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To Las Vegas. Flew out at 9:13 in the morning. Logan was not difficult. They have a new computerized self-service check in computer. You scan a credit card so they know your name, then it comes up with your flight info and seat assignement. You see a graphic display of the plane's seating chart and can use the touch screen to change your seat if you wish.
When I boarded the second leg at St. Louis, I checked my boarding pass and saw "C10" so I sat in seat C10. As the plane was almost completely full, another passenger came in and said he had a ticket for that seat. We compared boarding passes, turned out C10 was the gate number, and I was s'posed to be in C17.
That flight had a very pleasant flight attendant, we exchanged banter and wisecracks off and on throughout the flight.
Checked into The Frontier, a bit of a dump by Vegas standards. My room is on the first floor, though, so I am able to come and go without having to encounter the casino. There are a lot of nice things about Las Vegas, but I absolutely abhor the casinos. I find them inexpressably depressing, full of desparate chain-smoking suckers throwing their money away. They don't look like they're even having fun...mostly look either grim or bored.
I'm a bit bummed that the fastest available Earthlink dialup is only 26,400 baud. The Frontier charges $1.00 for eadh local phone call, so I tend to leave the connection open for a long time, even though it ties up the line.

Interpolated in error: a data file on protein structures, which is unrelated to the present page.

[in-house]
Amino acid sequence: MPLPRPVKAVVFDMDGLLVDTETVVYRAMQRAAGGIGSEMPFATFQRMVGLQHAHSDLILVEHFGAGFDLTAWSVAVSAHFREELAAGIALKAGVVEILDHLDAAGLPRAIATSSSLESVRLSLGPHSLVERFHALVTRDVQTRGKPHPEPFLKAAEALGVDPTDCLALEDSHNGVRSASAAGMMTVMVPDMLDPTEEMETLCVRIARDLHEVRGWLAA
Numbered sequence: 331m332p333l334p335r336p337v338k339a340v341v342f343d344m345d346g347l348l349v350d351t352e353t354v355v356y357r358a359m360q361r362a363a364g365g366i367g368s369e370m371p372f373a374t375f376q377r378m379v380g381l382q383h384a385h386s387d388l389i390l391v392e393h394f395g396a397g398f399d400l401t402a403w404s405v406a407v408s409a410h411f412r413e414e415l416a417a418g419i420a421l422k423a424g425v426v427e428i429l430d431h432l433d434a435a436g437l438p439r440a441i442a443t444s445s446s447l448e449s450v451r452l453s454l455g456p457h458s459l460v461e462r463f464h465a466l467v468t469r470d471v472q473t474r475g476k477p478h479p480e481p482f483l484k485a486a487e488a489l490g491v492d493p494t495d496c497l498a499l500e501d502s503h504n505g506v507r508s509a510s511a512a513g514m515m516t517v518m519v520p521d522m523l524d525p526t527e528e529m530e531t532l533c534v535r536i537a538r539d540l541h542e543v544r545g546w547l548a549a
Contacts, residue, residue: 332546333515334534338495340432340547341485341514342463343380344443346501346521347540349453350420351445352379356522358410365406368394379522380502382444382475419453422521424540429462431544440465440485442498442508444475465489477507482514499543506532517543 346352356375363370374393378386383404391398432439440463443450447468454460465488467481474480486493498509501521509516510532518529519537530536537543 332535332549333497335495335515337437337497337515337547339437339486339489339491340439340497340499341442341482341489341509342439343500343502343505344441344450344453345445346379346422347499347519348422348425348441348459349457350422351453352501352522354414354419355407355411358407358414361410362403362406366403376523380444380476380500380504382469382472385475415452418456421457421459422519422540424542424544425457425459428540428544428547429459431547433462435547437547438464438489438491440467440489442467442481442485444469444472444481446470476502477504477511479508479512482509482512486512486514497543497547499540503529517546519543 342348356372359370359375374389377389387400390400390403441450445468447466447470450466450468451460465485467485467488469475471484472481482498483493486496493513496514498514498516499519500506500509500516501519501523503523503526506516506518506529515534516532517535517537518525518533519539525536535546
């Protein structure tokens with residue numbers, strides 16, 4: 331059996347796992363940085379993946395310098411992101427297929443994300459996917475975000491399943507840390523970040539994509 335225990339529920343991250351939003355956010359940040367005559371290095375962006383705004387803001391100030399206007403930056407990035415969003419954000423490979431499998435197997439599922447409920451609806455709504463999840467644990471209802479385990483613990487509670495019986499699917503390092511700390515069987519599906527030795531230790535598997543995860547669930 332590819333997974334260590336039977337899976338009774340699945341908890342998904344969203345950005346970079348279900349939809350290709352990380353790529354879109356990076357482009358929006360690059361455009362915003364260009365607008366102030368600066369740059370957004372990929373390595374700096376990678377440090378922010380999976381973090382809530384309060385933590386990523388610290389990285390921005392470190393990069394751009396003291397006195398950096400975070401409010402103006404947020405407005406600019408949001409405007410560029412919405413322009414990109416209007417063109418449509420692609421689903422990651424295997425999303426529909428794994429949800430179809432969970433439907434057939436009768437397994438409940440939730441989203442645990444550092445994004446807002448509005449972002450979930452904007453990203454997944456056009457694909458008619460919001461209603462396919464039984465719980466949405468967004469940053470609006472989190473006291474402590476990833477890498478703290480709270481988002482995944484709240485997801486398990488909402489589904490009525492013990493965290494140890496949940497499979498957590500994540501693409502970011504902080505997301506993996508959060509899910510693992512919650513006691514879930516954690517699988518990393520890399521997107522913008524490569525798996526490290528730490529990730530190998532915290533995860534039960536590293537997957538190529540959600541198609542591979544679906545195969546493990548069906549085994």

The Frontier does have the virtue of being relatively cheap. If I were a high-roller, I'd have stayed at The Venetian:
(Click on any image to see a larger version)
|The "Grand Canal" What looks like sky is actually a really good trompe l'oeil ceiling. What looks like a statue is an actor.||The main hall of the lobby is absolutely breathtaking.||Even the port-cochere where the taxis pull up is palatial.|
Went out to Blue Diamond for the Outdoor Demo. I had not been to this last year, which was a mistake. Riding out in the shuttle bus I was struck by the alien-ness of the desert terrain, so different from the green hills of New England. Las Vegas is in a large, perfectly flat basin surrounded by craggy mountains. The only vegetation outside of built-up areas is sagebrush. I commented that the terrain reminded me of Tattoine, Luke Skywalker's home planet in Star Wars. I was then informed that much of that film had, in fact, been shot in the area!.
The Outdoor Demo is much less formal than Interbike proper, and was a lot of fun. I rode a Burro Bike, an "exploration bike" with small, wide knobby tires. It seemed pretty sure footed, but I didn't find any challenging terrain. It somewhat reminded me of my first Raleigh Twenty, which I used to ride around in the woods in the days before mountain bikes.
Next I rode an Xtracycle, an extension that fits onto the back of a standart mountain bike to add greatly to cargo capacity. If I didn't know it was there, I would have just thought I was riding a generic MTB. This is a very nice product, and I hope to be able to sell them at the shop.